The copy of the death certificate will go into the Hall's library files about Sockalexis, Toy and American Indians in baseball.

Rice has said he doesn't dispute that Toy may have had Indian blood - many people do, he said - but it was likely that Toy was never subjected to the daily prejudices that Sockalexis faced at the ballpark.

Sockalexis had a bright but brief career playing outfield for the Spiders, as the Cleveland team was then known, and batted .328 through July 3, 1897, to rank behind future Hall of Famers Honus Wagner and Big Ed Delehanty.

He was out of major league baseball two years later because of injuries and alcohol abuse and died in 1913.

Toy played from April 20, 1887, through July 30, 1890, and had a .222 career batting average. Sockalexis' career batting average was .313, according to the CNN/ Web site.

Rice's breakthrough - the discovery that Toy had died in a different town in Pennsylvania than Rice had believed based on his research for the book - came just a few weeks ago.

Ever since the book was published in 2003, Rice has talked to different groups around Maine about Sockalexis' story. He spoke last June at a symposium in Cooperstown, N.Y., the site of the Hall of Fame.

After he met with members of the Bangor Rotary in early December, Rice was approached by Michael Palmer.

Palmer, the vice president and general manager of Bangor television station WVII, is interested in baseball and genealogy and told the author about a number of different research routes Rice could have taken.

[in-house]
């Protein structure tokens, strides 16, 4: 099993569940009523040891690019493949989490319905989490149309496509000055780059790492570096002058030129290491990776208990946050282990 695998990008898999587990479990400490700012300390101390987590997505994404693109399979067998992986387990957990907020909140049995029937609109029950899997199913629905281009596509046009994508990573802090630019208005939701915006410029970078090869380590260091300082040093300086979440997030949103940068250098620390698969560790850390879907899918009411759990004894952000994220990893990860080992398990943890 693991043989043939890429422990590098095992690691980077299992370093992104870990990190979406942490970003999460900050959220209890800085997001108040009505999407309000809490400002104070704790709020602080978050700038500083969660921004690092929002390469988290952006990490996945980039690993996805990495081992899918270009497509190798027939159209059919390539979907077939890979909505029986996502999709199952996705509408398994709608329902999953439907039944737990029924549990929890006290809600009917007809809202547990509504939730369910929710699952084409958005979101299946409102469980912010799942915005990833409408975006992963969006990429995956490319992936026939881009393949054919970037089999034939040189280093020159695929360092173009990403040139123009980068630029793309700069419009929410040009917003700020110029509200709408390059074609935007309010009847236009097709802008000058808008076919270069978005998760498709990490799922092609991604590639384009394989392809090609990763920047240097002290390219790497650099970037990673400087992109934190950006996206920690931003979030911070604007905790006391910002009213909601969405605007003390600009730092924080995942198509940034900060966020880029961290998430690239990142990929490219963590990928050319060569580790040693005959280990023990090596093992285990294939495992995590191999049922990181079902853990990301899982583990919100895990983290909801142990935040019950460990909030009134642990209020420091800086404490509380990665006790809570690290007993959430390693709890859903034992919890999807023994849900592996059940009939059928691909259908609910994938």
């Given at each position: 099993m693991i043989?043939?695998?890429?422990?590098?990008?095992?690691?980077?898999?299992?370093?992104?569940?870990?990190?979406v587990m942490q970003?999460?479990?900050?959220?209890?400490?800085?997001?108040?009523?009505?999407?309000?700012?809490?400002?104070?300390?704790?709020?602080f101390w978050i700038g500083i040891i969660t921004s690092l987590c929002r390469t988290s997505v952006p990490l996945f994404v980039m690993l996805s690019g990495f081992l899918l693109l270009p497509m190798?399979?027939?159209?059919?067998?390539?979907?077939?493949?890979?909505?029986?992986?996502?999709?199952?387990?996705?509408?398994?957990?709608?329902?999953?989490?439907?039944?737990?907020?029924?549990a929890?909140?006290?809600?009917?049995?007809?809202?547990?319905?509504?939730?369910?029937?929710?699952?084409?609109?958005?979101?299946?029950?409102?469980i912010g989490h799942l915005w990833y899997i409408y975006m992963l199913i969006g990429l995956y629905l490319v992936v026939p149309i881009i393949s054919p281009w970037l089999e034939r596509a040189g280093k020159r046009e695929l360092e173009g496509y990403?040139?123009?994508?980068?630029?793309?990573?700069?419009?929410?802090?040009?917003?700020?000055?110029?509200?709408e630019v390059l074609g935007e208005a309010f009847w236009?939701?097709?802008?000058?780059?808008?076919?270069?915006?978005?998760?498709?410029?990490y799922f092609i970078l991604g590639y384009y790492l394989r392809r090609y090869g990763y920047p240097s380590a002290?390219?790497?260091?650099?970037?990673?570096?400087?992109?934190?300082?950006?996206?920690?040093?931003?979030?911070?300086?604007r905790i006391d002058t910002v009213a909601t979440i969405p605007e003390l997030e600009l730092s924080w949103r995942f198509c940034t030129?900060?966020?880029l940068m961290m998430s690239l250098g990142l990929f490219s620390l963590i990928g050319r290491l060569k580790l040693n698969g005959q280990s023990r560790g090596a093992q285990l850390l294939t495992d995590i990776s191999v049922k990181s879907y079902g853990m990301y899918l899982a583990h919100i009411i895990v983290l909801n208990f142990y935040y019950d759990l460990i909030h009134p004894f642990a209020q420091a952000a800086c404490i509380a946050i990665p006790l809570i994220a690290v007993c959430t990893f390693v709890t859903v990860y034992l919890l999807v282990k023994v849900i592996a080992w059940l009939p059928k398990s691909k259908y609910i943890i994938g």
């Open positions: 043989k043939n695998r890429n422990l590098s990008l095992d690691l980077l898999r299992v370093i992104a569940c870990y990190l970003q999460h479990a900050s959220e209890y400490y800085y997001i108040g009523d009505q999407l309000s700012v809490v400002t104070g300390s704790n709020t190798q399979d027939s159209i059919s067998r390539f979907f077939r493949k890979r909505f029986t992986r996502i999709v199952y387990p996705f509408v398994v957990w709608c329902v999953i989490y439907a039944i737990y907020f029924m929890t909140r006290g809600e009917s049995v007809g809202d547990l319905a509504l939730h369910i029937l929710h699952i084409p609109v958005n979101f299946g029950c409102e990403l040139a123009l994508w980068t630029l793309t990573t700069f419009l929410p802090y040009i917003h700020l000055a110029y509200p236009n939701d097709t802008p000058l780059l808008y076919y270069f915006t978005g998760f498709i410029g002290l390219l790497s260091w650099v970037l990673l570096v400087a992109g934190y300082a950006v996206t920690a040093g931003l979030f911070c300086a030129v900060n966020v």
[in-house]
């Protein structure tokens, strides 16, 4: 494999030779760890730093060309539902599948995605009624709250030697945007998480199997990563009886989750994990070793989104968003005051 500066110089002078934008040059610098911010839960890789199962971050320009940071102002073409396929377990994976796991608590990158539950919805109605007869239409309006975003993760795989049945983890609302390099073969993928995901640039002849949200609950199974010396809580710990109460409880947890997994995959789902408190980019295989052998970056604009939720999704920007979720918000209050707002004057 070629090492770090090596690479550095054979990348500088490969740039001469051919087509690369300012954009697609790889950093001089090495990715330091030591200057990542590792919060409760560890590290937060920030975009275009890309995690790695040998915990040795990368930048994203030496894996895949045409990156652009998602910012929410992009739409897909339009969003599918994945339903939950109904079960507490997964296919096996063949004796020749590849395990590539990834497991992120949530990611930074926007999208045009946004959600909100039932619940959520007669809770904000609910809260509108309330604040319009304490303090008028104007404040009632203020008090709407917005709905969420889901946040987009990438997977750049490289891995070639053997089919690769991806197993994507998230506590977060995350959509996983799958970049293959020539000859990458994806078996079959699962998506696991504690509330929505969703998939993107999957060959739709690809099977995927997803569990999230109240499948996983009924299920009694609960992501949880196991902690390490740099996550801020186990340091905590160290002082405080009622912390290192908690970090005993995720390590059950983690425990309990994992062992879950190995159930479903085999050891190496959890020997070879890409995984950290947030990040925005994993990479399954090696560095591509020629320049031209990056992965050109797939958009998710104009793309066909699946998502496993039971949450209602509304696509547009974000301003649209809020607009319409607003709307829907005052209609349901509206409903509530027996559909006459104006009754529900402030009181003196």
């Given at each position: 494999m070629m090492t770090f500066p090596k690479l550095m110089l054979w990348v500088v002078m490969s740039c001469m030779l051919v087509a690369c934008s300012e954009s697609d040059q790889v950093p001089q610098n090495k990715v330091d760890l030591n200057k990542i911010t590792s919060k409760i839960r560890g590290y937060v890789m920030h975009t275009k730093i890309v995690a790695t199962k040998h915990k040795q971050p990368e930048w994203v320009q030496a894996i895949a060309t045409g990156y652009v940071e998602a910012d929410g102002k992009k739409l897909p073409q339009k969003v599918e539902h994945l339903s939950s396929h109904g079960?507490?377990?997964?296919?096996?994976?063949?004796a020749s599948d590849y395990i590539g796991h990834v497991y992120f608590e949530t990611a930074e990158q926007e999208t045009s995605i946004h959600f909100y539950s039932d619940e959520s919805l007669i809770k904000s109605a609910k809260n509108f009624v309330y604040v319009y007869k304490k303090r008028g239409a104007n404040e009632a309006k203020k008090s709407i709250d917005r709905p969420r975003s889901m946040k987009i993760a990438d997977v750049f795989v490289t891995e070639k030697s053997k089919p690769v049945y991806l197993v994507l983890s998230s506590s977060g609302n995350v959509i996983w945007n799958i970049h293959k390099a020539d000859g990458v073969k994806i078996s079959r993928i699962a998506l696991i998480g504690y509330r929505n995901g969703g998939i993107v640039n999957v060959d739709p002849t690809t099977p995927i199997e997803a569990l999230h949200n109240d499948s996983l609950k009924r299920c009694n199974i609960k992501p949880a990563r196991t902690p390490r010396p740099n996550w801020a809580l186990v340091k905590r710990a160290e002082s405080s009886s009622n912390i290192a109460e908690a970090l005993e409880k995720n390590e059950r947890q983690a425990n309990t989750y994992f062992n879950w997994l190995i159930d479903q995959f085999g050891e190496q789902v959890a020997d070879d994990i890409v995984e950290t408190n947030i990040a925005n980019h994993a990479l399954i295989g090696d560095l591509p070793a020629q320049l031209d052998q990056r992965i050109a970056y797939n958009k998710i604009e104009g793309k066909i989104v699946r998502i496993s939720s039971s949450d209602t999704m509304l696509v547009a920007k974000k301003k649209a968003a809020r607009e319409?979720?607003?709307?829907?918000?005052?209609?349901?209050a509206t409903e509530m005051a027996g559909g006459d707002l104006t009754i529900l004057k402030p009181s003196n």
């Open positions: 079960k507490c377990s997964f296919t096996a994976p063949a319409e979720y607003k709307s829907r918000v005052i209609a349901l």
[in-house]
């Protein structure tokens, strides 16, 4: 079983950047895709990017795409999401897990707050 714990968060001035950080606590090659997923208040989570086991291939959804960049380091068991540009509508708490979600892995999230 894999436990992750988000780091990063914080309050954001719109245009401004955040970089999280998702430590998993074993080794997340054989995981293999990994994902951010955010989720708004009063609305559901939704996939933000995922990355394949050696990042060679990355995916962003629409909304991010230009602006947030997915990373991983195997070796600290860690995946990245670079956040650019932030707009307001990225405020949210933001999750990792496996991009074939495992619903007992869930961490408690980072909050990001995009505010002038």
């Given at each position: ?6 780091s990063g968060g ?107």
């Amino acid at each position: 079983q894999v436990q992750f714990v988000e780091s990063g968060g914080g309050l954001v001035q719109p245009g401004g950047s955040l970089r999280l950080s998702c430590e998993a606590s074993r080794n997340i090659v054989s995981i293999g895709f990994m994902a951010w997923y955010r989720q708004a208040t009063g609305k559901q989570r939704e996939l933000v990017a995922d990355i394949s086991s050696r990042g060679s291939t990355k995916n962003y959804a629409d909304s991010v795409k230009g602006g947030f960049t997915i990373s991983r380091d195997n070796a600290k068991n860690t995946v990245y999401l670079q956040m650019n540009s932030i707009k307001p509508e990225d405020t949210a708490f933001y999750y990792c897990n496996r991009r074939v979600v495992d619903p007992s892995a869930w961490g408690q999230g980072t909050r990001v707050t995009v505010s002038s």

In his research about Toy, Rice found that he was born in Beaver Falls, Pa., and was buried there, but Rice's understanding was that the records had been destroyed in a town office fire in the 1920s.

Working on his own, Palmer found that Toy had died in the town of Cresson, Pa., and not Beaver Falls. According to, Toy died in Cresson.

Palmer notified Rice who contacted the town and the Pennsylvania Division of Vital Records.

Rice found he could get a copy of Toy's death certificate, but only if he was related to Toy. He marked on the form that he was kin and submitted it electronically to the records department. When an official called a few hours later to find out how he was related to Toy, Rice lied and said he was a great-great cousin in Maine.

"I just took a deep breath and thought, if there's a record, God, why aren't I entitled to get it out there into the public domain?" Rice said. "I don't see that I'm doing harm other than I'm trying to get my hands on a record once and for all."